Think, Care, Act depicts the daily successes and struggles a peace educator undergoes in encouraging students to envision peace and gain tools to build a culture of peace. The author uses three imperatives—think, care, act—to infuse required curricula with peace, character, and multicultural concepts in daily activities throughout the year.  Chapters address critical and creative thinking; media and political literacy; compassionate classroom and school climate; explorations of racism, gender issues, civil discourse, global citizenship, war, and peace; and school, community, and global social-action projects. Chapters include rationales, lesson expectations, and classroom “play-by-play.” Students’ feedback about the impact of lessons is also featured. With its combination of theory and practice Think, Care, Act is unique. It will motivate teachers, education students, and scholars to employ “think, care, act” frameworks to empower students to build a peaceful future.

“Peace can be taught in practically every discipline if teachers truly concerned about the fate of this planet and its inhabitants have resources like this book to guide them…. [Cannon’s] sophisticated understanding of how to address these complex issues will help other teachers choosing to grapple with these difficult challenges.  If more teachers follow the guidelines she provides in this book, every student can learn about peace.”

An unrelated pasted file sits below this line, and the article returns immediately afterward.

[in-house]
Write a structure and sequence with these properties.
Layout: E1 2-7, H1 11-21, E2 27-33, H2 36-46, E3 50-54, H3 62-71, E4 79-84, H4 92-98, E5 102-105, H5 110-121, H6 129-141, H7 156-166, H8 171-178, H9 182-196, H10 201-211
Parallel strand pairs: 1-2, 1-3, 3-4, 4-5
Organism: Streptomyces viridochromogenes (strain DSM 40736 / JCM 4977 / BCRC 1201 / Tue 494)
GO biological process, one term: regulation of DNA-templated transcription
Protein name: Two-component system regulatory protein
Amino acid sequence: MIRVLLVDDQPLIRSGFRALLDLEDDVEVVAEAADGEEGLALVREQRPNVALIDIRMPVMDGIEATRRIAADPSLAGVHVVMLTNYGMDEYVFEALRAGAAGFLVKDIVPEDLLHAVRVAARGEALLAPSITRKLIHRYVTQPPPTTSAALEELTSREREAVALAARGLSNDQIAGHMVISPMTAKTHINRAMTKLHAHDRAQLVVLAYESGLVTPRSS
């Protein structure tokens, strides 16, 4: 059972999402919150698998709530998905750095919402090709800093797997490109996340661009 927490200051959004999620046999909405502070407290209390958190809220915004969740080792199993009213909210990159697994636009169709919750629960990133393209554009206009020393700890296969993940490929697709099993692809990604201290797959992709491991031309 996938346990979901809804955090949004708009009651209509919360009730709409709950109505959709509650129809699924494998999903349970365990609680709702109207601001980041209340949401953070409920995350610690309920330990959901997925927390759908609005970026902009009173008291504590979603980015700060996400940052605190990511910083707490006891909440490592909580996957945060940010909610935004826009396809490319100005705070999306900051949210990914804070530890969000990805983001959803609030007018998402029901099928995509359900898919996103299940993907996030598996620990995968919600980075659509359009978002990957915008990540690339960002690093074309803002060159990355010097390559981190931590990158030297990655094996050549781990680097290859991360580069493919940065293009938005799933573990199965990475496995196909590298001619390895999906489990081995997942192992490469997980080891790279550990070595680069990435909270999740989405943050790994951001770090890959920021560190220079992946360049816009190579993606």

Ian Harris, Author of Books, not Bombs;
University of Wisconsin-Milwaukee; from the Foreword

 “The writing is excellent: passionate and personal, blending serious content with an engaging, reader-friendly style.  This is an important book—for character education and all of education.”

Thomas Lickona, Author of Character Matters;
Director, Center for the 4th and 5th Rs;
Co-Director, Smart & Good Schools Initiative;
State University of New York-Cortland

A volume in Peace Education from Information Age Publishing
Series Editors Ian Harris, University of Wisconsin, Milwaukee,
Edward J. Brantmeier, James Madison University, and Jing Lin, University of Maryland

IAP - Information Age Publishing, PO Box 79049, Charlotte, NC 28271    Web and bulk discounts available: